Photo: Bloomberg TV
Mohamed El-Erian, CEO of PIMCO, has penned a blistering op-ed for the Financial Times on the dangers of highly accommodative monetary policy – or as he refers to it, the ‘central bank put.’The central point of his argument lies in the notion that the Fed’s easy-money policies have divorced prices from market fundamentals. As a result, investors are not choosing an asset on the basis of fundamental analysis, but rather on its value relative to another asset as part of the search for yield. The higher appetite for risk has been spurred by expectations of persisting ultra-low interest rates and continued quantitative easing by the Fed.
As central bank balance sheets swell, El-Erian believes that investors will soon refuse to accept investment vehicles, such as high yield corporate bonds, equities, and highly leveraged products, whose valuation is often indirectly influenced by the Fed’s asset purchases, and to a lesser extent, its forward policy guidance.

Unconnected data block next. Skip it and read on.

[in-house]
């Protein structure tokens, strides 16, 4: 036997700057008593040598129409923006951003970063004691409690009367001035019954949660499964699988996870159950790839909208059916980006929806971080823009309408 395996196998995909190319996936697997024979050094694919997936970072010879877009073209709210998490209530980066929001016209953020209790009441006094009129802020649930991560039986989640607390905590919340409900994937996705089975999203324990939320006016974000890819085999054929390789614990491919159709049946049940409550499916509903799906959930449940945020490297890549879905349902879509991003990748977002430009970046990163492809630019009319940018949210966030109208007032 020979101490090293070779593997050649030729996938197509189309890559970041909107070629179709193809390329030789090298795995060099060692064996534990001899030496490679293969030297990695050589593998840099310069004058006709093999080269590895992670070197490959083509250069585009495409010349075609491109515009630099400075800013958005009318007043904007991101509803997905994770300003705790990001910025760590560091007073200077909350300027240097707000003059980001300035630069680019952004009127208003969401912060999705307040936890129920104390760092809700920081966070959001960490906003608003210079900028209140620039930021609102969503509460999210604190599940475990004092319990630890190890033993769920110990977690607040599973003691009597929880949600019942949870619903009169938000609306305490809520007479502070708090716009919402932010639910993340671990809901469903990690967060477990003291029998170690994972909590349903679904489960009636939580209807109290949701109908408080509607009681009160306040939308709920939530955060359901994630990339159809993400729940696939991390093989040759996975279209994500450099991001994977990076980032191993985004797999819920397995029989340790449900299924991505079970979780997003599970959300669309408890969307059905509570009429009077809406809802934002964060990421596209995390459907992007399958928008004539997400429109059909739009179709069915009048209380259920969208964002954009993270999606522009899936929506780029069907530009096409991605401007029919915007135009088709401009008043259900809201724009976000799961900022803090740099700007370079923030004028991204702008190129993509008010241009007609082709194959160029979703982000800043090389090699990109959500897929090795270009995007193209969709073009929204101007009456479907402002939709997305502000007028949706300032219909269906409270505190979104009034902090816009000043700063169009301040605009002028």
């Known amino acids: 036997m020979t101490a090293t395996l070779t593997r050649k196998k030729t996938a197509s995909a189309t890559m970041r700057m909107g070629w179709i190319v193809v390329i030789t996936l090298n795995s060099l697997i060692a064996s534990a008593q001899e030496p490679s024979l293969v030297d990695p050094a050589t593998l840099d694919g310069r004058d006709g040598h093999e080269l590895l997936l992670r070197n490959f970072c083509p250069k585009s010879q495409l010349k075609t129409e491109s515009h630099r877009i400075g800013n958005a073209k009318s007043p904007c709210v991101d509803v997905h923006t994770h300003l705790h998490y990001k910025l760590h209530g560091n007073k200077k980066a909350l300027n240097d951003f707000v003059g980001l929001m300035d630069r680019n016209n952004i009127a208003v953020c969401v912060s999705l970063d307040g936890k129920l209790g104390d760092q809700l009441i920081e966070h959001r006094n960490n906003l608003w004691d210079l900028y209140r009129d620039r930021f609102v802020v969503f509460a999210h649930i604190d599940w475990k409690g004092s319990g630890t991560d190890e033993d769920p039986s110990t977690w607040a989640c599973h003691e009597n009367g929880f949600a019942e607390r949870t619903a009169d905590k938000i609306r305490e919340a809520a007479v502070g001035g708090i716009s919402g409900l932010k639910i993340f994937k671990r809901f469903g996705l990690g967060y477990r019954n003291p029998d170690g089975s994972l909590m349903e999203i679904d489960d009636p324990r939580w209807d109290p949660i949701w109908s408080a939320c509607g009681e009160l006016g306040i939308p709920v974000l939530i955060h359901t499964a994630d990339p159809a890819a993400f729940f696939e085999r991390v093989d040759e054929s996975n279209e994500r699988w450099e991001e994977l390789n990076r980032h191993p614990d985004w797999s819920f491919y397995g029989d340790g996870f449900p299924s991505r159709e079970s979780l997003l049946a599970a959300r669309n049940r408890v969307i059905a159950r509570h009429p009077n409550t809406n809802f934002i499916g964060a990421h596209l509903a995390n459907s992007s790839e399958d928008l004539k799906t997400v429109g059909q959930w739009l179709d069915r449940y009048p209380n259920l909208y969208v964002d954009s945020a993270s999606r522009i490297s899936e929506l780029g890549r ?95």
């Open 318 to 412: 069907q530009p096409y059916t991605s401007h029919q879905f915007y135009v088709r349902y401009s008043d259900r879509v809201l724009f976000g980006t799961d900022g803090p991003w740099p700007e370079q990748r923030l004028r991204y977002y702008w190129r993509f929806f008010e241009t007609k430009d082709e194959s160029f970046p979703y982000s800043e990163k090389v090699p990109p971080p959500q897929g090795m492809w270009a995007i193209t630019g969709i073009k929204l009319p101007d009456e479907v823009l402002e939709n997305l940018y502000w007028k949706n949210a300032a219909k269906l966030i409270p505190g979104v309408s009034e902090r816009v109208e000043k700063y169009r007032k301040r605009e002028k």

The prices of these asset classes are divorced from their fundamentals, he explains, and “With the weaker central bank impact, prices need to have greater consistency with the realities of balance sheets and income statements.”
Here’s what El-Erian says will happen if and when the punch bowl of monetary easing runs dry, is removed, or investors decide to stop sipping from it:
…investors should expect security and sector selections to get repeatedly overwhelmed by macro correlations. Since a growing number of asset classes are now exposed in a material fashion to the belief that central banks will deliver macroeconomic as well as market outcomes, investors have assumed considerable macro-driven correlations across their holdings. Moreover, with seemingly endless liquidity injections, the scaling of such exposure can easily disconnect from the extent to which prices deviate from fundamentals.
In other words, he predicts looming corrections in asset classes that have not been directly influenced by monetary accommodation and asset purchases, but have nonetheless been benefitted indirectly from central bank easing and relative cross-asset valuation.
Read the whole op-ed at FT.com.